Pampa Daily News from Pampa, Texas on February 24, 1946 · Page 14
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Pampa Daily News from Pampa, Texas · Page 14

Pampa, Texas
Issue Date:
Sunday, February 24, 1946
Page 14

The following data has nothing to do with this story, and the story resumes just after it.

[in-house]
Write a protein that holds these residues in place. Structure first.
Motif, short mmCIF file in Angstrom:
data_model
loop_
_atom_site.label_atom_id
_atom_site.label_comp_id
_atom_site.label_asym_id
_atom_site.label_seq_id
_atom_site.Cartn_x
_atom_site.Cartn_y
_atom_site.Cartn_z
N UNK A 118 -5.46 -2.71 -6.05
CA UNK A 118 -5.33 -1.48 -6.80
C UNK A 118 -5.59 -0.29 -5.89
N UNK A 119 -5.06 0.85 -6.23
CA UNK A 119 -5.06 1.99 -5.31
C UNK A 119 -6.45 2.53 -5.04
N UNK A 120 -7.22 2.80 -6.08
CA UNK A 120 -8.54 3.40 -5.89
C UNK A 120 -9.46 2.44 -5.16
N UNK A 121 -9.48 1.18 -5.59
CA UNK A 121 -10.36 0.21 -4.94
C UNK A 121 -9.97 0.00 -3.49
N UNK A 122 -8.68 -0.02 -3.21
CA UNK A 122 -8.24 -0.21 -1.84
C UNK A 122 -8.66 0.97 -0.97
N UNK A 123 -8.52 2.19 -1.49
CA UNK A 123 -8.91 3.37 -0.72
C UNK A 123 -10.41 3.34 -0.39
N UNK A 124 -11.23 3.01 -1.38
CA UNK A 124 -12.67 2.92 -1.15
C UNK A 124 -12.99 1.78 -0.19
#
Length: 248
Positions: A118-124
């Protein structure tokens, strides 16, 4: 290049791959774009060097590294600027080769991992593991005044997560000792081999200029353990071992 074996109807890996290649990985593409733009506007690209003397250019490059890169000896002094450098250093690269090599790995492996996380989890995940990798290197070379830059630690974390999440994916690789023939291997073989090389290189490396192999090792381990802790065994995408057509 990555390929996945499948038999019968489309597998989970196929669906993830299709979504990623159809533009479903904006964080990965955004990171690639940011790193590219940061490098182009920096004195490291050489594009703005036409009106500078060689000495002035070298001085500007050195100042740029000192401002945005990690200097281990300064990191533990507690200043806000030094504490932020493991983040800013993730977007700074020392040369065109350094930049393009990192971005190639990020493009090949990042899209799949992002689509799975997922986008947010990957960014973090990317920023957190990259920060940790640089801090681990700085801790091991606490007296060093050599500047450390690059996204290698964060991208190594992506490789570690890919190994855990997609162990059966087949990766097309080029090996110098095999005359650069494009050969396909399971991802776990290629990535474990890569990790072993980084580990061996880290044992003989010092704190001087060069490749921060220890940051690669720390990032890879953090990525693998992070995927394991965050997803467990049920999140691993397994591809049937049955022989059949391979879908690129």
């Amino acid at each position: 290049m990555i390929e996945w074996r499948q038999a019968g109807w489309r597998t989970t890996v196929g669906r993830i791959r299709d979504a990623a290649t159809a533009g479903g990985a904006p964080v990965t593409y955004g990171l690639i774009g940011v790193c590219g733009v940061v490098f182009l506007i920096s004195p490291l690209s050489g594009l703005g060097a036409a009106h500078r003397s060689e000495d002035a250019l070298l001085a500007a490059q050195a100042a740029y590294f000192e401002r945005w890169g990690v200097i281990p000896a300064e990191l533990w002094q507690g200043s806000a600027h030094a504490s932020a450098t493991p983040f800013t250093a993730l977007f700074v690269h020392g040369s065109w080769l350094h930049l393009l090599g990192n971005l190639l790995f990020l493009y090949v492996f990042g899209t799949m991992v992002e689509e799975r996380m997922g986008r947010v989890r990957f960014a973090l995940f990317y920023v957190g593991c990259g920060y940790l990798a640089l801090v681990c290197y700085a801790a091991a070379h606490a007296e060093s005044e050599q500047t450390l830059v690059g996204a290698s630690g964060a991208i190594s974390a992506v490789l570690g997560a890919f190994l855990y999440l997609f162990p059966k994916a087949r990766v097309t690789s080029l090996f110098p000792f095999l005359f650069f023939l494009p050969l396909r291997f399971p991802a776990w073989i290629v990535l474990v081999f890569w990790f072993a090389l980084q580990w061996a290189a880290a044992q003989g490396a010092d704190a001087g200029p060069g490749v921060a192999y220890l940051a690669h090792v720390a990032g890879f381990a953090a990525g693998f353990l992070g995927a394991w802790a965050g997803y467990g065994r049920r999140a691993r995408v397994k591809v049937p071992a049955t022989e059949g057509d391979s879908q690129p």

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(• ,-->- ^ • .JT5JS —"?. lip JLvlPt ' I Ew EM Vol XV Rotary Club Lecturer Talks On Air Travel Portia High Schdo1,,£ebRiary- 24, 1946 ";h"HE PAMPA HIGH SCHOOL TWINS pictured above from left to right are Ruth and Frances Mathieu; Lowell and Lillian Stark; and Margaret and Marjory Wilson. *** **T* *** Wilsons, Mathieus, Starks Are Pampa High's Twins Campbell Is Nominee For FHA Secretary ; Naneen Campbell was selected as JPahipa's candidate lor urea secretary of the Future Homemaker.s of America at a meeting Wednesday. Each chapter is allowed to nominate one girl for only one office and Naneen will run for secretary of Area I. The election will be held at an area council meeting at Tulia March 2. Lucille Smith is Pampa's voting delegate and will go to the meeting With Naneen. Mrs. Leslie Hart and Miss Edith Krai are Fampa's sponsors and will also attend the meeting. Harvester Manager Is 'Pint-Size' Ben Nix Ben Nix, Harvester basketball and track manager, known as "the mean little boy of PHS" has some good jlahs for the future. These plans Include going to a medical college at which he hopes to learn to be a surgeon. Ben, who is pint size, attended school in Sunray for eight years before coming to Pampa. He is now a freshman in PHS. He is taking the following subjects: Math I, English I, History I, and general science and is majoring in science and history. The PHS woodshop is his homeroom, of which he is president and strident council representative. Ben's hobby is watching sports— 'especially football. He also likes to bowl and has a 130 average. Ben can 'always be recognized by the click of his cowboy boots hurrying down the hall. Piimp.1 High's three sets of twins arc Prances uncl Ruth Mathien, Lillian and Lowell Stark and Marjoric and Margaret Wilson,. The Starks and Wilsons have always attended Pampa schools but the Mathieus enrolled here us sophomores. Lillian and Lowell were born in Pampn, on Nov. 24, 19.28, to be the second set of twins in their immediate family. Their mother has a twin brother. Being close companions, Lillian and Lowell have many common interests. They arc both members of Band To Aiiend Contest at Enid On April 4, 5 and 6 the Pampa High band will attend the fourteenth annual tri-statc meet at Phillips University in Enid, Okla. Bands, orchestras, glee clubs, soloists, ensembles and drum corps are participating in the festival. Guest artists, official judges, guest conductors and lecturers who will be present are: Gustave Langenus, celebrated clarinetist of New York City; Orien Dalley of the Kansas State college at Emporia; Dr. A. A. Harding of the University of Illinois at Urbana. Dr. Frank Simon of the Conservatory of Music at Cincinnati, Ohio; Dr. Archie Jones of the University of Texas at Austin; Noble Cain, choral composer of Chicago; Gerald B. Frescott of the University of Minnesota at Minnepolis; William P. Ludwig, percussion expert of Chicago; Dr. Etu-1 D. Irons of the North Texas Agricultrul college at Arlington; Dewey O. Wiley of Texas Technological college at Lubbock; George Wingert, U. S. Army bandmaster; and Ed Chenctte, composer and author of Lakeland, Fla. * * * the PHS band. Lillian collects novelty pins .and phonograph records. Her ambition is to become a beauty operator and she hopes to own her own shop some day. Lowell cliooscs music as a favorite pastime as well as an ambition. He plays a cornet in Dick McCune's orchestra and plans to have an or- chesira of his own eventually. Pittsburgh, Pa., was the birthplace or red-heads Frances and Ruth Mathieu and June 20, 1928, was the date. They lived in Pennsylvania for six years and since then have lived in Chicago and Corpus Christi. They moved to Pampa when they were 15. They are practically inseparable and have the same interests in clothes, careers and boys. They have taken tap dancing for six years. They are so identical that their own father gets them mixed up. They can switch dates without the boys ever suspecting. They plan to attend the University of Texas and major in Spanish and Portugese so that they can become Pan-American air hostesses. Marcraret and Marjorie Wilson were born on Nov. 26, 1927, in Pampa and have attended, school in Pampa all their lives. They also have mutual interests such as band, playing the clarinet, and clothes. Marjorie tabs collecting records as her favorite hotiby, while Mar- eraret's favorite hobby is sewing. They both enjoy traveling. Marjorie is named after her father's mother and Margaret is named after grandmother, mother and aunt. Margaret plans to. attend Gregg college and Marjorie plans to travel after graduation. Air travel will develop in the same proportion as that of other methods of transportation following other wars, according to Mr. Geoffrey F. Morgan, second in a series of lecturers sponsored by the Rotary Club, who was the guest speaker in assembly Wednesday. Mr. Morgan is manager of the speakers' bureau of Douglas Aircraft corporation and is a writer, educator and lecturer. According to Mr. Morgan, a new method of travel has been developed after each war. Turnpikes came into use after the Revolutionary war; steamboats became the method of travel following the War of 1812; the Mexican war brought into use the canals for transportation and railroads saw their beginning at the ending of the 1 Civil was in 1865. Electric railways brought with them conveniences, as the trains then made trips only twice a day. These cars came into use after the Spanish American war. Automobiles began their rising following World War I. In 1917 there were three million cars and in 1941, 31 million were in use. Since Pearl Harbor, airplane tra- vei has increased and at the pre- THE ]946 HARVESTER BASKETBALL TEAM pictured above won 13 and lost 8 garfies. sent time 21 different airlines are —, , . ,. .' r- i ^~ f i • UAJ AT<- -tt- o u operating 500 planes in the United They are from left to right: Back row—Frank Green, Calvin McAdams, A. Z. Griffin, Bob states. Mr. Morgan predicts that Boyles, Kelly Anderson and Richard Hughes. Front row—Charles Laffoon, Bill Speer, Randall their will be about trans- Clay, Leon Crump, Bernie Brown, and Leon Gooch. ' . port planes operating in 1950, with •*•*•*• *** *** 5CO.OOO passengers traveling per day. At the present time it is possible to fly from Amarillo to the Atlantic Coast in five hours and to the Pacific Coast in three hours, he said. The flight from New York to London would take 12 hours and would cost $375. Mr. Mr. Morgan does not believe that the United States will ever reach the stage where everyone owns a plane. According to him, the airplanes will always be much more expensive and the.cost of running them will be greater than that of. a car. The pictures at which we now look in our books, but which do not exist in our minds, will soon be a reality as we will be able to fly to these places and actually see the places portrayed, Mr. Morgan pointed out. .... flay f&f nual is .. _. are one of tftttt* —^-T- Bodies, tto*r'i8 tfttir flflifc fctiy them fn the Lfttte office. » » i Eleven members of the _. Scroll are going to AiharllUf .._ 5 to help in ttife formal fiUMfc 1 of the Amarillo Quill. '&»'" pledges. 11 .**•*• • • , Wednesday itt hotterbptn;... get those stX'fceefcs feJJ&ft J t Oh! Happy dayi it) •>*:* V r$& -- i • i.-.?Ifc "' '* *> . .. In some of bur noticed that -thi« planning a'field-—... ._ One of these papers iR.from ford Ore., arid' tHe Other;'U Guhnison County, V Colo. \iAttd from the south comes word railing is a great sport this of the year. Vfhere do'wi;."^ 1 Milton Benliam is taking shots for the annual; so Harvesters Round Out 1946 Season With 13 Wins; S Losses Help Europe's Needy : Recently President Truman said, "I know the conscience of the American people will not pprmit them to withhold or stint their cooperation while their fellowmeh in other lands suffer and die." The President made this statement fully aware that in fulfilling our promise to help Europe's needy, the nation might have to tolerate a few inconveniences. Some radicals exclaim, "They started the war; let them suffer the consequences." Such statements are not only un- American but inhuman as well. Although some people are suffering as a result of their own greed, we should bear in mind Alexander Pope's statement: "To err is human, to forgive divine." Then there are those people who are feeling the'griev- ances of war because it was brought upon them as a necessary evil which they accepted in order to protect their homes and families. When the yoke of oppression was lifted, they looked toward the United States for help. As a Christian nation, we must not fail to answer the war oppressed people's plea for help. —P. K ; flying To Increase The PHS students had his mind in the clouds after hearing Mr. Geoffrey F. Morgan talk on the coming air age Wednesday. The student must be ready to accept the mode of travel by air and bring the pictures in his book history to life. The younger generation of today will be the 500,000 tourists per day by air in 1956 of which Mr. Morgan spoke. The air challenge is coming; so let us step forward, meet it and bring it into our lives. —D. L. LITTLE HARVESTER STAFF , The LITTLE HARVESTER is published weekly by Students of Pampa high school. The Little Harvester is a of the Panhandle High School Press Association, and Scroll and Texas High School Press Association. •p}R-Ohief ....................................................... „ ........ Anna Merle Coy, ®ditor ................................................................. Beverly Baker dj&>r .................................................. . ........ ------ Don Lane Jitpr and Compositor- ................................... Frank Staling* ............. Warren Jones Kathryn Rose, Mary Frances jone's, Wilma Tubbs, Elva Jean Anderson, Joann Cdonrod, Dpn Rowe, Martha Kelley, M^xine L^ne, Don Larkin, Naneen Campbell, Ramona L»n,pie Wi^at^s, Jftw&i. Oobb, Jere Margie Sl^an, Avurenift White, P»t Thelnxa * o • Drum major for '45 and '46 is Bill Payne who was born March 1, 1929 in Muskogee, Okla. Bill's ambition is to be a chemical engineer or a band director and attend Texas Tech at Lubbock. He has attended schools at Levelland and Panipa. Bill is a member of the Latin Club. Giving Julv 12, 1928, and Ludy, Okla., as her birthplace and date is Kosella Rogers. Her ambition is to be'a good secretary. Rosella has attended schools in four states—California, Oklahoma, Colorado, and Texas. * * * Journalistic Irma Kathryn Rose gives Panhandle and Nov. 9, 1927, as her birthplace and date. Kathryn has been a member of the Little Harvester staff for the past three yours and in her freshman year she was on the Reaper staff. Also, she lias been in-the Spanish club, was junior editor of the annual in '45, student council '44-45 and office assistant in '45 and '46. She wants to attend Hills Business university in Oklahoma City. She is a member of Quill and Scroll and National Honor Society. To be a civil engineer and attend Texas A and M. is the ambition of Donald Le Vcau Rowe. He gives his birthplace and date as Oct. 9, 1927, in Wheeler. Don wa.s all-school favorite last year, vice president of the junior class, and this year is president of Quill and Scroll. Also, he was on the Harvester foottall team and has been on the Little Harvester staff for the past three years. * * * June Aileen Russell lists Dec. 21, 1927, find Empire City Okla., as her birthplace and date. Her ambition is to be a pharmacist and attend college in Norman, Okla., June has attended schools in Empire City, Ramona, and Barndale, Okla., and Pampa. * «p * Olney and Jan. 23, 1928, are the Urthplace and date pf Jiorrnji Jeaa " .... „.,. h,as r been pn the vpjley- team for the p£st threi years, listf her hobbies as. any' kind ir-pportf She^has afttende^echoojs 'Qfl}y,,iO L&fcjrs anc], ~ Gene, Royce Burrows Visit in Pampa High Gene and Royce Burrows, 16 anci 15 respectively, residents of India for the past six pears, were visitors in Pampa High last week. Their father was a missionary in India before the war and' also a reserve officer in the Army. When the war broke out, he was taken into the service and they lived near Burma during all the war years. Gene has graduated from high school and Royce is a junior. They attended school at Woodstock high school, Landour, Mussoorie, India. It is one of the largest American schools in India. "It was an ordinary American school but it wasn't noar so modern as Pampa high," Gene reported. The boys will live in the -United States now and they said that they would probably attend school in Chicago. Gene plans to study for a medical career and Royce wants to be an aviator, mechanic and a doctor. Royce was a member of the Indian dian Boy Scouts for a while but lie reported that since they were part of the English Scouts, it was too dull to continue. Both Boys seemed to enjoy their their visit to PHS. They visited several classes including the physical educations and wood shop. Gene and Royce are visiting their aunt in Pampa. Jack Dunham and Jimmy Terrell will leave tomorrow to visit the high schools in Denver, Colo. Denver will be the first city visited by PHS representatives outside of Texas. Cities previously visited have been Dallas, Waco, and Fort Worth. Charm Quartet To Appear In Third Paid Assembly TJie ohaun Quafte^w^l appeal yi\ the'third paid assembly Maich 1.' One of the highlights of the program will be folk songs of. marry nations wth the girls wearing national costumes. The musical fionjedy and operetta selections, jn.clii&i leys }e," an4 4 "Mljgjity most suepMfw! of By FRANK 'STALLlNGS The Pampa Harvesters completed the 1946 basketball season last Saturday in Claude with their defeat by the Amarillo Sandies in the play-offs. The season was comparatively successful as the boys won 13 games and lost 8. The team Won games from Clarendon, Phillips, Canadian, Ferryton, Plainview, Amarillo, Borger, White Deer, Tulia, Canyon, Childress, and Panhandle. The Harvesters lost three games to the Amarillo Sandies, one to Borger, twice to Phillips, once to Perryton, and once to Spearhian. Only Spearman and Phillips won on the Pampa court. The Claude tournament was the only one entered. The team won over Tulia, 31-21; Canyon, 33-21; then lost to Amarillo, 24-19. Amarillo won the tourney. In conference play, the' Harvesters first went to Borger to be defeated in one of the fastest games of the year, 42-41. Then the Amarillo Sandies defeated the Harvesters, 19-14 in Amarillo. This practically threw the Harvesters out of the race. The Harvesters retaliated, however, ahd won two home games in a row. The Bulldogs came to Pampa and in another speedy game the green and gold five came through to .a. 36r34 win. Amarillo beoame another victim the next week and lost to the Harvester five 26-24. The Sandies beat Borger in Amarillo and Borger beat Amarillo in Borger, throwing the northern half of district iAA into a three-way, tie. Claude was chosen as the play-off town and the'Sandies won by beating the Harvesters ,21-15 and then defeating Borger' for the title. -The Pampa "B" squdd holds a perfect record for the season with 12 wins and no losses, T,hey played the preliminary game before each regular game was played. Some of their opponents were Clarendon, Phillips, Canadian, Perryton, Plainview, White Deer, Panhandle, and Spearman. , Only four Harvesters will not return for the 1947 season. Each of these is. a graduating senior. They are Randall Clay, Bernie , Brown, Leon Crump, and Leon Gooch, Returning will be Prank Green, Richard Hughes, Bob Boyles, A. Z. Griffin, Calvin .McAdams, Kelly 'Anderson, Charlie Laffoon,' and' Bill Speer. These boys, with the exception of Laffoon and Speer played on the "B" team most of the year. Charlie was the sixth man on the "A" team. Randall Clay was captain of the team and was voted on the Claude tournament all-tournament team. He was high point man for the season with over 200 points. Bill Speer was a regular center and will return next year. Bernie Brown, guard, played all season and was on the Claude tournament second team. Leon Crump was a guard and forward and played all season. He is shifty and a good passer. " . •'" : ' ' .' .'!" ':', Leon Gooch was new to Harvester basketball. He played, forward most of the season and developed rapidly. Charles Laffoon was the shortest man oE the team and .will be back two 'years. He played, as substitute guard. '•"'• Randall Cloy To Ploy In All-Star Game '> Randall Clay, 'Harvester football and -basketball 'stay, 1 has.;beei\ flhflr sen tP. pjay. in the A^-SJjar- game? at Corpus Christl ne^ct summer. It is an annual game ano} practice The program includes solos and w *" ste «3 August. 4. duos by all the performs Civics J"**™ ST^S&K and popular songs will toe included team two vears in the program along with "The * * "• * Gorilla Year Ends Wins; 2 Losses The Panipa Gorillas, coached by "Jiggs" Whittington, rounded out a successful basketball season last Monday with seven wins and two losses. The team was paced by quiet G. W. Gamblin, who scored 50 points during the season. The Gorillas rang up a total of 230 points to their opponents 176. • They started off the season with a 20-19 win over the Lefors Pirates. These same two teams met three more times during the season, the Gorillas taking all 37-30, 24-23, and 35-34. The White Deer Bucks were able to stop the Gorilla cagers'20-19 at White Deer but in the return match the Gorillas roared past the Buck quintet 18-5. Groom fell victim to the Gorilla basketballers twice—21-20 and 35-21. Borger "B" team was the other team which downed the Gorillas. The Borgerites gained a 24-20 descision at a game played here and a return match at Borger was cancelle/1 G. W. Gamblin, Ramon Hernandez, J. A. Miller, Jimmy King, and Billy Bond composed one team and Malcolm Pagan, Charles Thornbor- rovv, Harold Anderson, Clayton Fike and Billy Me Arthur the other. "There is no distinction between these two teams. Both teams were substituted as teams, each alternating by quarters," Coach Whittington said. "These ten,boys will be a credit to the Harvesters next year." he added. Others on the squad were Jimmy Cox, Hobart Fatheree, Gene Sidwell, Richard Gee, Sammy Whom- pers, Mickey McCray, Donald Dawson and Monte Lower. Approximately 80- rrtemberjs df tji.e band went to Canadian Wednesday to play for a celebration he!d:.;1n honor of the ex-servleeraeni:'i-^ ,,-? The band left P&mpR, at9;^o ail. They marched over to the barbecue grounds and played w.hUe dlnttejf was being served. " c"v,,. ',;'i"^" They ate lunch and left Canadian about, 2:30. , >-. ••;V .'***' • Mr. B. G. Gordon, James Har and Bill Nellis Went tp Car)*) New Mexico, Thursday .ttf.lqt roprns for the seniors v/heh • tfif# visit the caverns,;'; ':•?'.' "••'-%?:& . * '* . ';V V:i";.^' Junior CoffeV and Stanley, SlHJ|>- sop were injured in an.autdfhbh^ wreck, Thursdays noon.' Junior «:> ceived a broken now and'both toys have cuts about their faces; "S Erma Lee Kennedy; ;cpsed>tor \^pf the annual, is calling for snapshots for the '46 Harvester. Please bring them to the. Little Harvefetei "off K& •"•» *'' *i ' '^"V*"" ' ii> • • v*i."*.v**i'V Mr. Winston Savage and Mr,-BSy Robbins left ; IWday {or JSntiL '-&(&&. to see about housing,for/tfle bln'tt members'who .are fo^ttejitithe T|i* State contest ih.Erlld April 4,'6f Ufa 6. This cdhtest fa sponsored -"f Phillips University. ..""•.••-••'•'• '" Six Freshmen Are that have received; little f,;ecc tioh this season are Malcolm. las, Den-ell Davis, Jlminy CI The Quill and Scroll will meet Monday night in room 108 at 7:30 p.m. All members who have initiation parts are urged to attend. Track Workouts Start Tomorrow . The Harveste.r..track tpam will begin regular practice sessions tomorrow at 2:30 p.m., Coach Otis .Coffey announced last week. The team will be divided and Coach Coffey will instruct the boys in the 100-yard dash, 220-yard dash, high and low hurdles, sprint'relay, shot put, discus arid high jump. Mr. D. V. Blggers will coach: the 440-yard run, 880-yard run," mile run, mile relay, pole vault and broad jump. A number of boys will report for track to .learn to run and; increase their speed for football. "Jiggs" Whitttngtoivwill coach these boys. : . . , j Ccach Coffey said all boys reporting for spring football will have' to take track,' but that there would be no connection between the two. A major factor in track this season will be teaching new boys the fundamentals of starting, "running, jumping, throwing 'the discus, and •a general course -'cm. track, events: Only 3 boys of the 1945 track'team are returning to compete this year. Randall Clay, state champion discus thrower, will again try this,,'as ; ,well as the 220-yard low hurdles, high jump.and broad jump.;.-,'. •'.. . •',. Bemie Brown is a possible 880' and 44p-yard ,dash man, He plaped in the.,district- high hurdles 'lasiVyear. He will devote much time to 'the middle distance'relay's,' Horace Saunders has placed iri dual- meets several times, ; He may develop into a good 880-yard dash and spi'int relay .man.. . Adcock Teaching in Absence of R: G. West The Rev. Grady Adcock, p-astor i st 's bookitppnpiI"?i^r i ' M> '&''^«Kr7 of toe Harrah Meth6dist Chapel. Henrv^S^^Itf^ has been teaching the Bible classes in the absence of the Rev. Russell G. West. Mr.' West has gone to Oklahoma and Kansas. He in to hold a revival and attend a church conference the two weeks- he "will be away. , Wesley Keith. V':" •..:--*^-, They have r ^ayed fpr.^the/iieji — a team composed; of JurUor and ireshman: is'' ;hw,:in^ . is'' ;hw,:in^<gli'*>cpfi5 bpys;;are still eligible td playVo&S Junior • High, UtS&fiy'- -. •••';.'.'• *; - The Beap season winning frpim lips, ; ^oFge - : teams t and p ralliii Play directed by^.^H*:f Henry, office, Dick Taflinger, former junior high art teacher is now in India; Mr. E. L. Hammit reports. W»MJri**Iiif -' ~mmaysm- Sage has new eyes this .week. It seems that Bill Kribbs is still that way about Arvilla Patterson; A little late Valentine news is that Jere Hancock received. an engagement , ,,frpm.,.J3yi .Mitchell on that day. Congratulations^ Jere! Two of the most recent cwiples ar? George Gatlifi aj4 Afarfip gloan and ~ ~ Sybil pierson and Betty gchujkey seemed rather embarrassed "jSiesday, Students in the third houjr study ha", juiow whjr,' Steadies <w*«w to be aU the ra«e in PUS. Clara*Pavte MI*. WUlte KeJley have been g«|nf steady for nine months. However, the aUrttoe rewcl Js *M J»y Jack ft**' aW Mardfll Hawkins. Hoy Ion*? Five years! , / ,> Lord's Prayer," "OlftvaHties" i? Martha Kelley i s pne of fickle womep. She is fcap she received a letter fwm but shj? sjtUl hj* bey ejr« knt>wn .senior. - ' .v i gejec in a wMsy pf f?flgs, ^93^., \'ji "" H * ^ ; ^f : -' ««„•• T».-._i'..'.it;!->,- ''&.. l&feSvWo.-.'.'X o!-»i > ;